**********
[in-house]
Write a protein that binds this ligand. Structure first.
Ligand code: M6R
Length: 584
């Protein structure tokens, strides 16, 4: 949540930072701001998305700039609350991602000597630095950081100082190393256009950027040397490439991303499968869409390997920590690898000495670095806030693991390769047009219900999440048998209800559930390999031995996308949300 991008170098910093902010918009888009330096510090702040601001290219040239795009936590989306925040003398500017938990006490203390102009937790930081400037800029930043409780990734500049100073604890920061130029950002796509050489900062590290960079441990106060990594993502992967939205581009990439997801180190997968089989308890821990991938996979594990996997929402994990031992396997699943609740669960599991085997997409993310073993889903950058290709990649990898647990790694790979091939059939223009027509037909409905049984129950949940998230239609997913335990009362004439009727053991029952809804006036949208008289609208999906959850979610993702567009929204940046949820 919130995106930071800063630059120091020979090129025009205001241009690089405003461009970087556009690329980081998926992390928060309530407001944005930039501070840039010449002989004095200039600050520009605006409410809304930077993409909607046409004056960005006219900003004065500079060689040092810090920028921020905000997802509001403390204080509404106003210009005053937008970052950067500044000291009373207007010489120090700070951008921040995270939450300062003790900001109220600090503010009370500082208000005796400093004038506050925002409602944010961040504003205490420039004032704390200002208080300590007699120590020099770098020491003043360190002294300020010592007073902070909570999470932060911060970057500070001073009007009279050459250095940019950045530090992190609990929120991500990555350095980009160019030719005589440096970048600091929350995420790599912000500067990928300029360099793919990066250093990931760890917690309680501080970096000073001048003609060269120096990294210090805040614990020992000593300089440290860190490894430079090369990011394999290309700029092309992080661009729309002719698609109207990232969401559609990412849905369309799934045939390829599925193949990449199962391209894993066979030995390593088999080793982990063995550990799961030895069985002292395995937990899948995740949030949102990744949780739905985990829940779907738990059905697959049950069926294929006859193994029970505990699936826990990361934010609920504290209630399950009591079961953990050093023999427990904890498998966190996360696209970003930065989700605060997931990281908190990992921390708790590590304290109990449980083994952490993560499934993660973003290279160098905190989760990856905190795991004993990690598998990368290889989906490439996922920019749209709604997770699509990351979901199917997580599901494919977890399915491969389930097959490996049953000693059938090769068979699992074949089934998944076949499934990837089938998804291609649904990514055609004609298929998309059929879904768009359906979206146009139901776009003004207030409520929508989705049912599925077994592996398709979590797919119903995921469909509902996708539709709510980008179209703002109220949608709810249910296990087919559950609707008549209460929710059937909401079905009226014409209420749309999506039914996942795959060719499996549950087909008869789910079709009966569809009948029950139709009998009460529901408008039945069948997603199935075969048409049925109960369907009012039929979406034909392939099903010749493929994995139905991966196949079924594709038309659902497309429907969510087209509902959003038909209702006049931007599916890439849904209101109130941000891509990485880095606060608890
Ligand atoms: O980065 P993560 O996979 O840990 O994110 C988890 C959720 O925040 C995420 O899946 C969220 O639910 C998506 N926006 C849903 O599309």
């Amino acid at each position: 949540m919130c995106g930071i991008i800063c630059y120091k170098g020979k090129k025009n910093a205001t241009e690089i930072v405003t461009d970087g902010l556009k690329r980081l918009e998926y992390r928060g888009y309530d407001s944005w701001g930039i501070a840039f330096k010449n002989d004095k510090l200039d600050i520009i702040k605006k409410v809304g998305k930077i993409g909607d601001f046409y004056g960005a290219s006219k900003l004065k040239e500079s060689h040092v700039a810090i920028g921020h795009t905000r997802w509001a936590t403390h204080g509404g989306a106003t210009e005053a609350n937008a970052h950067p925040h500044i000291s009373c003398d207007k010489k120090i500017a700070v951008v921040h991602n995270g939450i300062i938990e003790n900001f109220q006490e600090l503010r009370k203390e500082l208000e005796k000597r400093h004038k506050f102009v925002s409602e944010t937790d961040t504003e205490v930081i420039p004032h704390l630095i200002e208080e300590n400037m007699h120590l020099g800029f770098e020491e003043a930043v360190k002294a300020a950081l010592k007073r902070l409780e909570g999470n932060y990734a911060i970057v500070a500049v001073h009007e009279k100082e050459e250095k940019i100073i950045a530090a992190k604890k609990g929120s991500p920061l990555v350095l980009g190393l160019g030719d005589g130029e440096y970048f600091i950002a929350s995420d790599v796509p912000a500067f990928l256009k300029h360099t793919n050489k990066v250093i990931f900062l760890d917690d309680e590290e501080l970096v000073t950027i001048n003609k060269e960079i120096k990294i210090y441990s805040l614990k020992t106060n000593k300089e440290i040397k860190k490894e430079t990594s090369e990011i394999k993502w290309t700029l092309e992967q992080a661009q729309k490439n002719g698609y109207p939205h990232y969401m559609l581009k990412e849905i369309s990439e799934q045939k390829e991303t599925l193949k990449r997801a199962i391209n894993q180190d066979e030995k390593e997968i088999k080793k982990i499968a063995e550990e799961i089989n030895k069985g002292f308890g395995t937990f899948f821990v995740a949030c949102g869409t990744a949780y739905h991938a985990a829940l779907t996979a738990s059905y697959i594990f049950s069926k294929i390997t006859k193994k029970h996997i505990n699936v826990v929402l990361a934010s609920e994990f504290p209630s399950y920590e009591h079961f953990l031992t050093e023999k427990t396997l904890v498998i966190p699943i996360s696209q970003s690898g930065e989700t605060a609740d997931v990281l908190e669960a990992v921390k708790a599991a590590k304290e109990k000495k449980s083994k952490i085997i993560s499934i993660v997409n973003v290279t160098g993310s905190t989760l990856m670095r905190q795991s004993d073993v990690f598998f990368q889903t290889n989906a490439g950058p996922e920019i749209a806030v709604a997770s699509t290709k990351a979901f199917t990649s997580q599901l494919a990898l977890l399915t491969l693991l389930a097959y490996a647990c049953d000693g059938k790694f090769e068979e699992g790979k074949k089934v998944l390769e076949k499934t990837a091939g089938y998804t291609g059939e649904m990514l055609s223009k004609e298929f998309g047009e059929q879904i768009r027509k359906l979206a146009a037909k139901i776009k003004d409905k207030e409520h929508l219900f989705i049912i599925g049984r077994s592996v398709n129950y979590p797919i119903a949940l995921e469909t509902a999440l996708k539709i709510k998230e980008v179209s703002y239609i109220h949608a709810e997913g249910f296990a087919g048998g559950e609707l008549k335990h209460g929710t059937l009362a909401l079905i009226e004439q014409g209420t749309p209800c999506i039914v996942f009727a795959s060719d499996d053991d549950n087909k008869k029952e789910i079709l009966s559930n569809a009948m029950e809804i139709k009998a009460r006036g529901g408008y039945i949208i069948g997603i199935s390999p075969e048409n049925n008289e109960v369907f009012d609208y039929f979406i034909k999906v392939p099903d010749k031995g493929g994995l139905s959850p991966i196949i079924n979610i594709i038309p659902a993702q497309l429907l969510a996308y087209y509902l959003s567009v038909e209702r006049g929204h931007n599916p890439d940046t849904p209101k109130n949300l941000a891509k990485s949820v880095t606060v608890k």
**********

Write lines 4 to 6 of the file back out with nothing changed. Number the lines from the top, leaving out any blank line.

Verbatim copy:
Length: 584
């Protein structure tokens, strides 16, 4: 949540930072701001998305700039609350991602000597630095950081100082190393256009950027040397490439991303499968869409390997920590690898000495670095806030693991390769047009219900999440048998209800559930390999031995996308949300 991008170098910093902010918009888009330096510090702040601001290219040239795009936590989306925040003398500017938990006490203390102009937790930081400037800029930043409780990734500049100073604890920061130029950002796509050489900062590290960079441990106060990594993502992967939205581009990439997801180190997968089989308890821990991938996979594990996997929402994990031992396997699943609740669960599991085997997409993310073993889903950058290709990649990898647990790694790979091939059939223009027509037909409905049984129950949940998230239609997913335990009362004439009727053991029952809804006036949208008289609208999906959850979610993702567009929204940046949820 919130995106930071800063630059120091020979090129025009205001241009690089405003461009970087556009690329980081998926992390928060309530407001944005930039501070840039010449002989004095200039600050520009605006409410809304930077993409909607046409004056960005006219900003004065500079060689040092810090920028921020905000997802509001403390204080509404106003210009005053937008970052950067500044000291009373207007010489120090700070951008921040995270939450300062003790900001109220600090503010009370500082208000005796400093004038506050925002409602944010961040504003205490420039004032704390200002208080300590007699120590020099770098020491003043360190002294300020010592007073902070909570999470932060911060970057500070001073009007009279050459250095940019950045530090992190609990929120991500990555350095980009160019030719005589440096970048600091929350995420790599912000500067990928300029360099793919990066250093990931760890917690309680501080970096000073001048003609060269120096990294210090805040614990020992000593300089440290860190490894430079090369990011394999290309700029092309992080661009729309002719698609109207990232969401559609990412849905369309799934045939390829599925193949990449199962391209894993066979030995390593088999080793982990063995550990799961030895069985002292395995937990899948995740949030949102990744949780739905985990829940779907738990059905697959049950069926294929006859193994029970505990699936826990990361934010609920504290209630399950009591079961953990050093023999427990904890498998966190996360696209970003930065989700605060997931990281908190990992921390708790590590304290109990449980083994952490993560499934993660973003290279160098905190989760990856905190795991004993990690598998990368290889989906490439996922920019749209709604997770699509990351979901199917997580599901494919977890399915491969389930097959490996049953000693059938090769068979699992074949089934998944076949499934990837089938998804291609649904990514055609004609298929998309059929879904768009359906979206146009139901776009003004207030409520929508989705049912599925077994592996398709979590797919119903995921469909509902996708539709709510980008179209703002109220949608709810249910296990087919559950609707008549209460929710059937909401079905009226014409209420749309999506039914996942795959060719499996549950087909008869789910079709009966569809009948029950139709009998009460529901408008039945069948997603199935075969048409049925109960369907009012039929979406034909392939099903010749493929994995139905991966196949079924594709038309659902497309429907969510087209509902959003038909209702006049931007599916890439849904209101109130941000891509990485880095606060608890
Ligand atoms: O980065 P993560 O996979 O840990 O994110 C988890 C959720 O925040 C995420 O899946 C969220 O639910 C998506 N926006 C849903 O599309």